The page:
Bronx artist goes with the pop-up flow


It only took one moment of frustration to give André Trenier a moment of clarity.

Three years ago, the Bronx artist — known for his mural creations in front of places like Yankee Stadium — was working on a portrait of his friend and his friend’s son.

At the time, Trenier felt “more like a copying machine than an artist” when it came to his artistic process. He became so irritated right in the middle of it all that he kicked over a bucket of paint.

But instead of stopping to clean it up, Trenier continued working with that same paint.

“I started kind of splattering that and just rolled over what I had started and scribbled a bunch of stuff, one of which was, ‘Don’t let life get in the way of your art,’” he said. “And then for the next year and a half, I proceeded to then add something to it every day.”

In fact, Trenier spent about a half hour each day as sort of a warm-up to whatever he was going to do for the rest of those daylight hours.

“It was the first piece that I painted that I didn’t know where it was going,” he said.

When he looks back on that transformative moment, Trenier thinks it’s what he needed in order to get “back to the enjoyment of the (artistic) process again.”

Now, that piece, appropriately titled “Don’t Let Life Get in the Way of Your Art,” is one of many on display at the Bronx Terminal Market’s Pop-Up Experience, a public space for local Bronx artists to exhibit and share their work, at its 610 Exterior St., location. Trenier’s work is on display through Sept. 14.

While Trenier is known for his mural work across the borough and in Washington Heights, he also creates portraits. When prepping for this pop-up gallery, he decided to include a portrait he did of Mike Tyson as well as a portrait collection of Nina Simone.

“I went through a lot of the work that I had just trying to see which pieces I hadn’t shown,” Trenier said. “I didn’t want to show pieces that people that are familiar with my work had seen.”

At the pop-up gallery’s opening reception, Trenier placed a blank canvas in the space as a way to invite people to sign it when they attended. But when things didn’t go according to plan that day and he was unable to secure the markers he needed for the canvas, a friend of his eventually drew something on it and has watched it grow since then.

“I’ve been just adding to it every day and letting it evolve,” he said.

Trenier has also used his pop-up space to interview people and create portraits on the spot.

“I’ve been kind of treating it as my studio and allowing the art to happen in front of people,” he said.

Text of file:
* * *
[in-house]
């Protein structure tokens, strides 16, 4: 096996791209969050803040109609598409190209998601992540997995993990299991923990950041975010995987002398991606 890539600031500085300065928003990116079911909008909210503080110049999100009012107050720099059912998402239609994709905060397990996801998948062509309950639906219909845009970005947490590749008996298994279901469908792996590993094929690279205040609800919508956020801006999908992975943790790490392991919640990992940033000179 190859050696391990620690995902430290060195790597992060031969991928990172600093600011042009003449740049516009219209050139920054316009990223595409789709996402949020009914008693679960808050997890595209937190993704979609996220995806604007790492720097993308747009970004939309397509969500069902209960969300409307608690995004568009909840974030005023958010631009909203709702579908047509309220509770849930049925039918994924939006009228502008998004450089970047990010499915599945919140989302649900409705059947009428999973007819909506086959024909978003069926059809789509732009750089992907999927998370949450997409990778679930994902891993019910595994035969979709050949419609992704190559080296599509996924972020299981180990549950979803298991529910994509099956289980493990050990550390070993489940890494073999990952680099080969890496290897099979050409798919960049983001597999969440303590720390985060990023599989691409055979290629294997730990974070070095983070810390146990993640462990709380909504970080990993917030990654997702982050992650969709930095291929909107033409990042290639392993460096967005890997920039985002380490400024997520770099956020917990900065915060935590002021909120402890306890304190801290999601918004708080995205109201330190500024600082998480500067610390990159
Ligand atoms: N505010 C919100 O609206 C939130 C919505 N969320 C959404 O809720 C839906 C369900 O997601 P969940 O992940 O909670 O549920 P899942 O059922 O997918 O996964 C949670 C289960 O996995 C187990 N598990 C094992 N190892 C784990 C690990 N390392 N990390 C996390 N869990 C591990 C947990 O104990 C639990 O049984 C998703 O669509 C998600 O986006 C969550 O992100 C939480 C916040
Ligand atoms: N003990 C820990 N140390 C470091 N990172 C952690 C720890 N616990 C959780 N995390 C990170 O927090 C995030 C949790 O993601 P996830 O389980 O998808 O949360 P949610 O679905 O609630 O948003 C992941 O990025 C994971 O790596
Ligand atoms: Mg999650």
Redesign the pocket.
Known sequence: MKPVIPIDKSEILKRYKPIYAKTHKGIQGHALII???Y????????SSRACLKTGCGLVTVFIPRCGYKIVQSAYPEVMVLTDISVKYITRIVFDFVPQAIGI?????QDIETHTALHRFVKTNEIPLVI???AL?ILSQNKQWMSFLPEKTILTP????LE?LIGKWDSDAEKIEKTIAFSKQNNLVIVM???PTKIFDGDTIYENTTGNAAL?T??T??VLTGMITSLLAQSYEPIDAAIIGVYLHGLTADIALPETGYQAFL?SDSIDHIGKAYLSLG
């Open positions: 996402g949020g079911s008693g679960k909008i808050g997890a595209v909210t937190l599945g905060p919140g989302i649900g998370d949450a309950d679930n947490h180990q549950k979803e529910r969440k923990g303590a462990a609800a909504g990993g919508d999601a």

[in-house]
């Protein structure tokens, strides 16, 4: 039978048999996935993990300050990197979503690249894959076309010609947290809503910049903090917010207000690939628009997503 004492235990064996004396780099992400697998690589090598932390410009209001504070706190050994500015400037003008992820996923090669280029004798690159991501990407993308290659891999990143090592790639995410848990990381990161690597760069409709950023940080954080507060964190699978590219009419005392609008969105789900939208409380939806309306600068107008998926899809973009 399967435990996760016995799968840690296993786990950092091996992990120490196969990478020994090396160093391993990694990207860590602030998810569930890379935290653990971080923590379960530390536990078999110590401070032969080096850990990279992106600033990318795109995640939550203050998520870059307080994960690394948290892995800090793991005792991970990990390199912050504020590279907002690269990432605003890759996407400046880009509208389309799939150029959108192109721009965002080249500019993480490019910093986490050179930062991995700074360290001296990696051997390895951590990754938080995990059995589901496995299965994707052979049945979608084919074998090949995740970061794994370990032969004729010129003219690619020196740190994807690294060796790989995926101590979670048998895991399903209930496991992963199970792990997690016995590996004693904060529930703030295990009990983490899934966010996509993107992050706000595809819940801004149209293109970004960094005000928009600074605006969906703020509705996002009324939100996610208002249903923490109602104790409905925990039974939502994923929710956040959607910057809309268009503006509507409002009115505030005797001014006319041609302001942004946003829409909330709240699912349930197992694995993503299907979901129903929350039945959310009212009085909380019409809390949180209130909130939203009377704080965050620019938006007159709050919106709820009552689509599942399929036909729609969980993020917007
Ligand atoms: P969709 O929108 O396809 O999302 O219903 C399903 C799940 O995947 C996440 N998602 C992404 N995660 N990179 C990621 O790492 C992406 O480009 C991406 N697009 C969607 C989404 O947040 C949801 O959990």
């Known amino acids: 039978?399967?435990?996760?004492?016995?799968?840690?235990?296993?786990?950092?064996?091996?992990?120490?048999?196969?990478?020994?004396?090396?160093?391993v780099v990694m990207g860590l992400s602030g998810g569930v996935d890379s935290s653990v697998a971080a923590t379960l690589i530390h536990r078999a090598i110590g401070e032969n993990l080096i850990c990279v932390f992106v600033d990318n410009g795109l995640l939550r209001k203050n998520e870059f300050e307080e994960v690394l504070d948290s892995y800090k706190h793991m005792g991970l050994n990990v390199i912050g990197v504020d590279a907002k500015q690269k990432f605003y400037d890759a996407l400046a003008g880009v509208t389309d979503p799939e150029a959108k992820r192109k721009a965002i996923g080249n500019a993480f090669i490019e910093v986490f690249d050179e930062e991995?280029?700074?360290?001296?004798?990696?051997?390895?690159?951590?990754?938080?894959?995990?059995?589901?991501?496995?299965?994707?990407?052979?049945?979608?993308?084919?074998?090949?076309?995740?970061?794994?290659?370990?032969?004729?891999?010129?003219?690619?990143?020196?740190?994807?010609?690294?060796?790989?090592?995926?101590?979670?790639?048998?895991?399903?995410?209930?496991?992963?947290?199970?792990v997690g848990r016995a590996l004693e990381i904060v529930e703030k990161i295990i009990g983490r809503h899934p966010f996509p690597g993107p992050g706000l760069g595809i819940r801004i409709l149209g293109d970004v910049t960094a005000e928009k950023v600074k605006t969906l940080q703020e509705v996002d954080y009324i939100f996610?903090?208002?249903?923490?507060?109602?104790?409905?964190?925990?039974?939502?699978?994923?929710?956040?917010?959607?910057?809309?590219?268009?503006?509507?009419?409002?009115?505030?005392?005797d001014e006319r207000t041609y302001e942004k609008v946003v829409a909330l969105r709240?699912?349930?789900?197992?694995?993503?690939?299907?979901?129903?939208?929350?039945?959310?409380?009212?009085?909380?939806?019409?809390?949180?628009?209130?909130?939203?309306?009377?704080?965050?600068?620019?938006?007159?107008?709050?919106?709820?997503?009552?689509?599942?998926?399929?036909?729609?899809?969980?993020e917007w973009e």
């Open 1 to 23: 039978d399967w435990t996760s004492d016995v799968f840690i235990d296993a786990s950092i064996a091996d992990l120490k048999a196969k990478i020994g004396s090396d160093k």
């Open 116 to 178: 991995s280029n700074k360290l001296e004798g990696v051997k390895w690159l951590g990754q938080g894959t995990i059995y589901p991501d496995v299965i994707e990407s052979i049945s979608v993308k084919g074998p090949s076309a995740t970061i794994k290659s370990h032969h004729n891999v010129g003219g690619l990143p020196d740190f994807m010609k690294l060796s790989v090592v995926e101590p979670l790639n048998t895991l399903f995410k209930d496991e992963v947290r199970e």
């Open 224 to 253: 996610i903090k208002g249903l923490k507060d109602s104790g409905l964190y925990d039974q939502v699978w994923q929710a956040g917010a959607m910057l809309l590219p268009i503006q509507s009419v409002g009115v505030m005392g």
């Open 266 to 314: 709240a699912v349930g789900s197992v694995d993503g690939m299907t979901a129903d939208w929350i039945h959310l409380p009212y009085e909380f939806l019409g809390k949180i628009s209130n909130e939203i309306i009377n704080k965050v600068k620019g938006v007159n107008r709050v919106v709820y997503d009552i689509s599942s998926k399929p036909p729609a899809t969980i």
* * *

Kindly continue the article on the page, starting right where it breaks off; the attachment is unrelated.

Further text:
Trenier thinks it’s important to have people experience art-making live, so when they eventually visit other art space, they can “look at the work with a different idea of the person that made it.”

“A lot of times, I think there’s a disconnect between people and the arts in general, and I think it’s based on how those arts are introduced to them,” Trenier said. “And I think that most people think of the visual arts as something that’s not necessarily tangible or close to their life. It’s something they might see at a museum, but it generally is at a distance.”

Trenier’s pop-up gallery has been at the Bronx Terminal Market since July 25, and his favorite part has been interacting with families who didn’t expect to go shopping and stumble upon an art gallery.

One thing Trenier wishes he had a chance to do while at the space was formally teach kids about art, especially since he’s been able to do his work on the spot over the last few months.

“There’s always kind of a teaching component to what I do because I’m doing it in front of people,” he said, “so I’ve always been open to answering questions about my work in the process. I feel like that’s just a natural part of it.”

But if there’s anything he’s learned from this experience, it’s actually learning to make a living from his passion through the merchandise he sells of his work. Yet, Trenier still wants even that to mean something to those who experience his work.

“The idea is for people to connect with the imagery and then have different ways where they can kind of own a piece of that,” Trenier said, “as opposed to trying to cater to the price point and then not doing the type of work that I’m most happy doing.”

And although he sought out to make this gallery experience a chance to “show some of the diverse beauty of the Bronx” — and it eventually venturing outside of that goal — Trenier has no shame in just going with the flow now.

“I’m just kind of enjoying the process and enjoying the moment and not trying to force it into the box necessarily,” he said, “even though it was my box to start with.”